Aussie and Kiwi soldiers reunite
AUSTRALIAN and New Zealand soldiers have again joined forces to reflect their nations’ bond, restoring two Mt Hawthorn bus stops before the centenary of Armistice Day that ended World War I on November 11, 1918.
“This is an education piece for the children of the future about the experiences of the past,” Friends of Anzac Cottage president Pete Ramsay said.
A New Zealand Vietnam War veteran, Mr Ramsay organised restoration of the nearby cottage for 10 years until 2006.
While on the South Island recently, he saw the work of Kiwi soldiers on a bus stop, which was the inspiration for the two bus stops near the cottage on Kalgoorlie Street and Anzac Road.
“I wanted to use timber, iron sheeting and sandbags because they were the materials associated with Gallipoli and Vietnam when Australians and Kiwis fought together under Anzac,” Mr Ramsay said.
The Kalgoorlie Street stop will tell of the Gallipoli Peninsula conflict in Turkey at the start of World War I.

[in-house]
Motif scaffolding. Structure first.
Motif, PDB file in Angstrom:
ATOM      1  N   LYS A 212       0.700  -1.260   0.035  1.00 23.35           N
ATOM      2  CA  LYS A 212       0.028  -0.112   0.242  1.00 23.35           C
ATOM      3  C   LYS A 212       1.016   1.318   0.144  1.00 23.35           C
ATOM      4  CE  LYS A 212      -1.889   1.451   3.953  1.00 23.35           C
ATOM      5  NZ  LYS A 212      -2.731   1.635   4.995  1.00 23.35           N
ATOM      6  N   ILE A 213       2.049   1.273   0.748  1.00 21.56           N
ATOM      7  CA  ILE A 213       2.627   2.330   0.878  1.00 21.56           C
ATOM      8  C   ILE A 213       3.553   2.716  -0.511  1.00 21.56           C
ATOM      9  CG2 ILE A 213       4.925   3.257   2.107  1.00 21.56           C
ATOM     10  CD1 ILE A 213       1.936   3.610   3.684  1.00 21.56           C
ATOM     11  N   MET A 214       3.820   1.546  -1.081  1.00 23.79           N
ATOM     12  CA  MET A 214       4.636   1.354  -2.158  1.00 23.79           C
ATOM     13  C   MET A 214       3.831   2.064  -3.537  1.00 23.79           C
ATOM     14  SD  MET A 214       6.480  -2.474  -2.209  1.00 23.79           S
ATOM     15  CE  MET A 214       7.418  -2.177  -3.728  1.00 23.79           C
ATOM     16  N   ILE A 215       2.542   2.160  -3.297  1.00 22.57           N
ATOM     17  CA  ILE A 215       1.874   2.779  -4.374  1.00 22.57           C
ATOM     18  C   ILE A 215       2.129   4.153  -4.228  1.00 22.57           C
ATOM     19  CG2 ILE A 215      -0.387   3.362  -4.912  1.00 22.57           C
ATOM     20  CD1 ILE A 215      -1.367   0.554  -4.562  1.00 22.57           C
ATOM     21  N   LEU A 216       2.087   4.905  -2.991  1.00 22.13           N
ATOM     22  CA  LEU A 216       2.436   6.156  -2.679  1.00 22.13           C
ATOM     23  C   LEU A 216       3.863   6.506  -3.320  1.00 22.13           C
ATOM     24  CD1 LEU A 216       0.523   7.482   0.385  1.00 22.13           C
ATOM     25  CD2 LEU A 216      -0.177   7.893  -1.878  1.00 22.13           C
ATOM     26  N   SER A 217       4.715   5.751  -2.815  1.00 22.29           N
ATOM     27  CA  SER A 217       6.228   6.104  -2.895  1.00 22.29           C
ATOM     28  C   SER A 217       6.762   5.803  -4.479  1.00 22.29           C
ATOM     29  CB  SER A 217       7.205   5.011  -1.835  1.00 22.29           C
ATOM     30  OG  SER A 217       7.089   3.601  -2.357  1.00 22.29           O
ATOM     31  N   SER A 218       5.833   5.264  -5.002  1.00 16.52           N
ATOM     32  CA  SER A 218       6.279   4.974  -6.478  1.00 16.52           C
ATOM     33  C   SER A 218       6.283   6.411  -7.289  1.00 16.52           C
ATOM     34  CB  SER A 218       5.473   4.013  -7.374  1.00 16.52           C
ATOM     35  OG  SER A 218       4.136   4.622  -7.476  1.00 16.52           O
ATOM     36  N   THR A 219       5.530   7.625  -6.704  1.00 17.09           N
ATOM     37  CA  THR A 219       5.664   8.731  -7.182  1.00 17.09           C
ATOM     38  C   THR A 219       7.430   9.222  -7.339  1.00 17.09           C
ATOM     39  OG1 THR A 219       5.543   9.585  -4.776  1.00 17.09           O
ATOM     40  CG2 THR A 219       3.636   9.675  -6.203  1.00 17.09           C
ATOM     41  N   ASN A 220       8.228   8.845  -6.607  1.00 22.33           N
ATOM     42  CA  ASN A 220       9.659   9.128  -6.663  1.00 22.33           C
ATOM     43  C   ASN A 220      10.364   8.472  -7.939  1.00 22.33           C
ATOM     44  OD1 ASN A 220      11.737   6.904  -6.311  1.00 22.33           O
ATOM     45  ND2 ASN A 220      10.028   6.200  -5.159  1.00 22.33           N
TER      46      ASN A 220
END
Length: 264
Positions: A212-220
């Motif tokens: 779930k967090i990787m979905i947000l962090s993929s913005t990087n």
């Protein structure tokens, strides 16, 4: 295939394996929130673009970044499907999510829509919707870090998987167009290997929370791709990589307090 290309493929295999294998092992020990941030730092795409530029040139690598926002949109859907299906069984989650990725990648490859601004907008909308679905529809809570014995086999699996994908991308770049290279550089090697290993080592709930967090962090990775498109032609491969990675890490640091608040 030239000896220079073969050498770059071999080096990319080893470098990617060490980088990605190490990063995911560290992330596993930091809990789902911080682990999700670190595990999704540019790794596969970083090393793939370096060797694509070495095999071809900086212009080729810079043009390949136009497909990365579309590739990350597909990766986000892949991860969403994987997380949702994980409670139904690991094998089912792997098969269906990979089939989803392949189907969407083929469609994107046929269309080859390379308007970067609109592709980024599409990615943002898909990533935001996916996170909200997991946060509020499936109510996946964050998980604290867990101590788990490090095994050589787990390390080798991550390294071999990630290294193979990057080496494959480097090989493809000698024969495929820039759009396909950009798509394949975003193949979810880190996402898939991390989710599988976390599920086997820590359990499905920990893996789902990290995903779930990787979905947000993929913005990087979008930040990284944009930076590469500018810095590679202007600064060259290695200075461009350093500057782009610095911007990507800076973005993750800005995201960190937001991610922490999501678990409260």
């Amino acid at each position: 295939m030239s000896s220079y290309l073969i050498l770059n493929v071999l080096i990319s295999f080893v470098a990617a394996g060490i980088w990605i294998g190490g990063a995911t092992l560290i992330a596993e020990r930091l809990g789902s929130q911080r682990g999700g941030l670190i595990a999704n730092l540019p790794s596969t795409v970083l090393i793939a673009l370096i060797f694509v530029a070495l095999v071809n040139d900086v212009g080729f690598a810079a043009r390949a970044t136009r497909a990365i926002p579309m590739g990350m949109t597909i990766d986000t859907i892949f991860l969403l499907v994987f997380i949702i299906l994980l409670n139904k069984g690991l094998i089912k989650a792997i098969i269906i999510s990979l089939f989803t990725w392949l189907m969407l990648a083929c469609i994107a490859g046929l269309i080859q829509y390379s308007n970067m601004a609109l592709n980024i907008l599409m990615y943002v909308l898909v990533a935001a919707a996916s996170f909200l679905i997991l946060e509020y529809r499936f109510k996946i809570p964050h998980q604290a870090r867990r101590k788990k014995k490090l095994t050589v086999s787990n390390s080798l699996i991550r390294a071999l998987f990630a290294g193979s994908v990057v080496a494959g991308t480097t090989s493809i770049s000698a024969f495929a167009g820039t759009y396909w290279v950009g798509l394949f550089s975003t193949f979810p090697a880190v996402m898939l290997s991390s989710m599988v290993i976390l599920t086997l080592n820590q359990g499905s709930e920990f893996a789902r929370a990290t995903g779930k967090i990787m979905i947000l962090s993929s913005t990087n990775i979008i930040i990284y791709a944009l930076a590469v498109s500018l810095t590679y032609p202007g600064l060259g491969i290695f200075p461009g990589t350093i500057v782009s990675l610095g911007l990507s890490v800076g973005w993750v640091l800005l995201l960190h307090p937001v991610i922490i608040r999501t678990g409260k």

The Anzac Road stop will tell of the ’60s Vietnam War, Anzac soldiers serving at their base of Nui Dat, and the WA branch of the Vietnam Veterans Association of Australia that restored the cottage.
Engineers from the Karrakatta-based 13 Field Squadron, 16th Battalion Royal Western Australian Regiment, joined Christchurch-based members of 3rd Field Squadron, 2nd Engineers Regiment, Royal New Zealand Engineers to create the sandbag footings for the bus stops.
The murals are being created by artist Drew Straker.
The bus stops will be opened on Sunday, October 21 at 2pm, after the public meet at the nearby Britannia Road Reserve carpark.
Sergeant Ryan Bellis with Sapper Mark Johnson, Lance Corporal Andy Good and Sapper Thomas Ellis are helping with the restoration of two bus stops near the Anzac Memorial Cottage to signify the centenary of Armistice Day.